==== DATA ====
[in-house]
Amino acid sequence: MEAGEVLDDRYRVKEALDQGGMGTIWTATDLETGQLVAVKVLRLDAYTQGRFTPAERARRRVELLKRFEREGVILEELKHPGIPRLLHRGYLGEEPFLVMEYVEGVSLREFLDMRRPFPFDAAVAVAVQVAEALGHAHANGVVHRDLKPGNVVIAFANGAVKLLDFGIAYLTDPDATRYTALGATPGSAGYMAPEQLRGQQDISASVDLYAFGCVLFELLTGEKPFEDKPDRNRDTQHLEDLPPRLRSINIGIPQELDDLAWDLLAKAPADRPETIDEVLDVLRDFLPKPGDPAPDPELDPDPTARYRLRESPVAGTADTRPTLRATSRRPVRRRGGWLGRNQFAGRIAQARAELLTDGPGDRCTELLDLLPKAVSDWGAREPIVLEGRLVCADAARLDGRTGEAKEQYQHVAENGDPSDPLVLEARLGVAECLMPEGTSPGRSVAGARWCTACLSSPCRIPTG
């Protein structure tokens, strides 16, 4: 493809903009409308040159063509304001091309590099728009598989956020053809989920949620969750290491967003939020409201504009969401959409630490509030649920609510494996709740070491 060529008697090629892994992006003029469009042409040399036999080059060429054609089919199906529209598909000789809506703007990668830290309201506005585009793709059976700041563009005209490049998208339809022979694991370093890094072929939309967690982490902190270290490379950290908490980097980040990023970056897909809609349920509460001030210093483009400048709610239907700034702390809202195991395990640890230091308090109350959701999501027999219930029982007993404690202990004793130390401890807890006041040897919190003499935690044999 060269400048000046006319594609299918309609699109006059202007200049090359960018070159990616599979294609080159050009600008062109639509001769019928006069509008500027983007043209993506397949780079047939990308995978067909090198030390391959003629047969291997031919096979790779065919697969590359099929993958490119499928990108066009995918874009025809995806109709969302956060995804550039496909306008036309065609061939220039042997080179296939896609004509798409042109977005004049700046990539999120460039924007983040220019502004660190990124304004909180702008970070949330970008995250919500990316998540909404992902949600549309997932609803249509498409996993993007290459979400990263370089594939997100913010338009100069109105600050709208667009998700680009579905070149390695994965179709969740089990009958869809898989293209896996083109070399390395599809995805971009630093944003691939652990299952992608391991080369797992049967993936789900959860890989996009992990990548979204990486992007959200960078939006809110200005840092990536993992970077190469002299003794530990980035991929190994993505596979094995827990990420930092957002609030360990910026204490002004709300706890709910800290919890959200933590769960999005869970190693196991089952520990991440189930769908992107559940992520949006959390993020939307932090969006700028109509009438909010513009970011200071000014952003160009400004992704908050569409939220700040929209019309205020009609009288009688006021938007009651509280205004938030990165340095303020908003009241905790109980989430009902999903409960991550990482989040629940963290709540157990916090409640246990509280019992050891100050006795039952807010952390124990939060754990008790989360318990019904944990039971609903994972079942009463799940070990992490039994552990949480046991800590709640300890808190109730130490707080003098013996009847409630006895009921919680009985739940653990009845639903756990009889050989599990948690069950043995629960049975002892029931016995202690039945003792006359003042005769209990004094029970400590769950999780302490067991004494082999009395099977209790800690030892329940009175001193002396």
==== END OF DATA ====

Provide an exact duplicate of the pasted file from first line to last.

[in-house]
Amino acid sequence: MEAGEVLDDRYRVKEALDQGGMGTIWTATDLETGQLVAVKVLRLDAYTQGRFTPAERARRRVELLKRFEREGVILEELKHPGIPRLLHRGYLGEEPFLVMEYVEGVSLREFLDMRRPFPFDAAVAVAVQVAEALGHAHANGVVHRDLKPGNVVIAFANGAVKLLDFGIAYLTDPDATRYTALGATPGSAGYMAPEQLRGQQDISASVDLYAFGCVLFELLTGEKPFEDKPDRNRDTQHLEDLPPRLRSINIGIPQELDDLAWDLLAKAPADRPETIDEVLDVLRDFLPKPGDPAPDPELDPDPTARYRLRESPVAGTADTRPTLRATSRRPVRRRGGWLGRNQFAGRIAQARAELLTDGPGDRCTELLDLLPKAVSDWGAREPIVLEGRLVCADAARLDGRTGEAKEQYQHVAENGDPSDPLVLEARLGVAECLMPEGTSPGRSVAGARWCTACLSSPCRIPTG
């Protein structure tokens, strides 16, 4: 493809903009409308040159063509304001091309590099728009598989956020053809989920949620969750290491967003939020409201504009969401959409630490509030649920609510494996709740070491 060529008697090629892994992006003029469009042409040399036999080059060429054609089919199906529209598909000789809506703007990668830290309201506005585009793709059976700041563009005209490049998208339809022979694991370093890094072929939309967690982490902190270290490379950290908490980097980040990023970056897909809609349920509460001030210093483009400048709610239907700034702390809202195991395990640890230091308090109350959701999501027999219930029982007993404690202990004793130390401890807890006041040897919190003499935690044999 060269400048000046006319594609299918309609699109006059202007200049090359960018070159990616599979294609080159050009600008062109639509001769019928006069509008500027983007043209993506397949780079047939990308995978067909090198030390391959003629047969291997031919096979790779065919697969590359099929993958490119499928990108066009995918874009025809995806109709969302956060995804550039496909306008036309065609061939220039042997080179296939896609004509798409042109977005004049700046990539999120460039924007983040220019502004660190990124304004909180702008970070949330970008995250919500990316998540909404992902949600549309997932609803249509498409996993993007290459979400990263370089594939997100913010338009100069109105600050709208667009998700680009579905070149390695994965179709969740089990009958869809898989293209896996083109070399390395599809995805971009630093944003691939652990299952992608391991080369797992049967993936789900959860890989996009992990990548979204990486992007959200960078939006809110200005840092990536993992970077190469002299003794530990980035991929190994993505596979094995827990990420930092957002609030360990910026204490002004709300706890709910800290919890959200933590769960999005869970190693196991089952520990991440189930769908992107559940992520949006959390993020939307932090969006700028109509009438909010513009970011200071000014952003160009400004992704908050569409939220700040929209019309205020009609009288009688006021938007009651509280205004938030990165340095303020908003009241905790109980989430009902999903409960991550990482989040629940963290709540157990916090409640246990509280019992050891100050006795039952807010952390124990939060754990008790989360318990019904944990039971609903994972079942009463799940070990992490039994552990949480046991800590709640300890808190109730130490707080003098013996009847409630006895009921919680009985739940653990009845639903756990009889050989599990948690069950043995629960049975002892029931016995202690039945003792006359003042005769209990004094029970400590769950999780302490067991004494082999009395099977209790800690030892329940009175001193002396």